Hydro One seeks to shake bad reputation
ST-ALBERT – The world-renowned cheese plant in St-Albert is getting a much needed boost from Hydro One as the power company continues efforts to reframe its perception among paying customers.
Provincial energy minister Glenn Thibeault toured the sprawling St-Albert Cheese Co-operative Thurs., Oct. 5 as part of a swing through the region. Hydro One representatives, including Fero Pugliese, executive vice-president of customer care and corporate affairs, joined him.
For St-Albert employees, it was a good news visit. Since fire destroyed the historic factory in February 2013, there has been a mixture of emotions in both the village and the surrounding area.
Without work, employees suffered through temporary layoffs and visitors stopped making the commute to St-Albert.
Just a year later, however, the co-operative was up and running again, thanks in large part to a $1-million injection from the provincial government. The new site is more modern and efficient, and also features a restaurant and shop.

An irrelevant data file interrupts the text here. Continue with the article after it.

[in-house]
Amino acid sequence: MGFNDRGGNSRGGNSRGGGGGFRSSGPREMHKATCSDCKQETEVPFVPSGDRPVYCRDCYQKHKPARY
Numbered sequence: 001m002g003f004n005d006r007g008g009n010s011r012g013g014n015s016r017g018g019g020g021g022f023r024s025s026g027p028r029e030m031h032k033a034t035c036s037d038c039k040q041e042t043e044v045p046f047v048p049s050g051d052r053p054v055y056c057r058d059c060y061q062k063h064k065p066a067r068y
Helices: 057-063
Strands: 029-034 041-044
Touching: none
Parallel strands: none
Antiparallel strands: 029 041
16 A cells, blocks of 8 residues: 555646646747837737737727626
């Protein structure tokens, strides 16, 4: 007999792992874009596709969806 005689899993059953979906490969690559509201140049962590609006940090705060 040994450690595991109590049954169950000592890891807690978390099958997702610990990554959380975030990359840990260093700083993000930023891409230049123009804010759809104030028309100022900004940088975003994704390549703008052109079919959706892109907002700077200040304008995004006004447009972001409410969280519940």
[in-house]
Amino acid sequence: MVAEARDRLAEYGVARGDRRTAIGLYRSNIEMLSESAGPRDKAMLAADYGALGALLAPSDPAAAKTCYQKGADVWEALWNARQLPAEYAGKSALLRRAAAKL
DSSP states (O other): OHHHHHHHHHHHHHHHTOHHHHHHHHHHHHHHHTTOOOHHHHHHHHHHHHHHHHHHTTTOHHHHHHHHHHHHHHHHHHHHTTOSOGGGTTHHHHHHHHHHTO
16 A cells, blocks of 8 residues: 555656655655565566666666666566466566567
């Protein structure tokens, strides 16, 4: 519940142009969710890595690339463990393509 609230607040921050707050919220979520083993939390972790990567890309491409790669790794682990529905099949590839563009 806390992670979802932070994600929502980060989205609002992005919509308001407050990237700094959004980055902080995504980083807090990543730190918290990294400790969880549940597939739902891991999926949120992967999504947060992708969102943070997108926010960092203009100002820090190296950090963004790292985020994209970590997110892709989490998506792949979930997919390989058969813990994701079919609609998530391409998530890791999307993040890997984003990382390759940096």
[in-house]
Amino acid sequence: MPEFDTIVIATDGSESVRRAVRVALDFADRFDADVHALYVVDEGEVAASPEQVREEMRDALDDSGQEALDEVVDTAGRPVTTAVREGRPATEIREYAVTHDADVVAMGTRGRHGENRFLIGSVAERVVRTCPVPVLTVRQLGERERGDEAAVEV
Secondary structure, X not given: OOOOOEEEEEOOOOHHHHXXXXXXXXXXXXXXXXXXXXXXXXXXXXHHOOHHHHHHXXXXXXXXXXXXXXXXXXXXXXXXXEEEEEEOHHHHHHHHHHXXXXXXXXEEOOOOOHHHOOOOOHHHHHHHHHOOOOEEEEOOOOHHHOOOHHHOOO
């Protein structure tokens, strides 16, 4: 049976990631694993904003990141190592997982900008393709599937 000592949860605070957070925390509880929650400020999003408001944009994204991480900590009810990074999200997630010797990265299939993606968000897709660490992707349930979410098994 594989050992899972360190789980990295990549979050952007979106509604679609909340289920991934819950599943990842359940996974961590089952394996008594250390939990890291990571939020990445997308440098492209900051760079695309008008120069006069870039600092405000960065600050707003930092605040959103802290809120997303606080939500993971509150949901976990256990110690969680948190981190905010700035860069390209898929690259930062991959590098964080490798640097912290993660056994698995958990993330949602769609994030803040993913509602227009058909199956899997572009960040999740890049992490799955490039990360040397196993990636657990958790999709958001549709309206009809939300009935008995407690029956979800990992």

Holding it back, however, was electricity, or more to the point, the lack of it.
“During the reconstruction process, we learned that the electricity available for the plant was limited,” general manager Eric Lafontaine said. “We were only given 1,000 amps of service from Hydro One for an industrial plant our size. We were surprised when comparing to other industrial plants in the industry as most others with similar space and equipment have bigger services.”
For two years, peak season has been a challenge of managing electrical consumption, despite modifications made to use the least amount possible.
St-Albert representatives went calling to Hydro One for help, and were instead turned away due to a lack of capacity. Even Glengarry-Prescott-Russell MPP Grant Crack failed to sway Hydro One.
Now that the firm is mostly privatized, however, suddenly some wiggle room was found.
This was the news Thibeault brought with him Oct. 5, as St-Albert’s capacity will be increased by 500 amps.
It is all part of a change to the notoriously bad customer service at Hydro One.
“Hydro One is fundamentally changing the way in which we operate to put our customers first,” Pugliese said. “The availability of power is a major factor for growth and expansion of businesses in the province. We need to be flexible to find innovative solutions to help Ontario communities and businesses grow and expand.”
Added Thibeault: “It’s all a matter of using the system more efficiently, and keeping businesses in business.”
Beyond capacity increase at the cheese plant, Pugliese noted that further investigation is going into the possible implementation of a 44-kilovolt line that would substantially increase electricity needs through the region given its continued growth.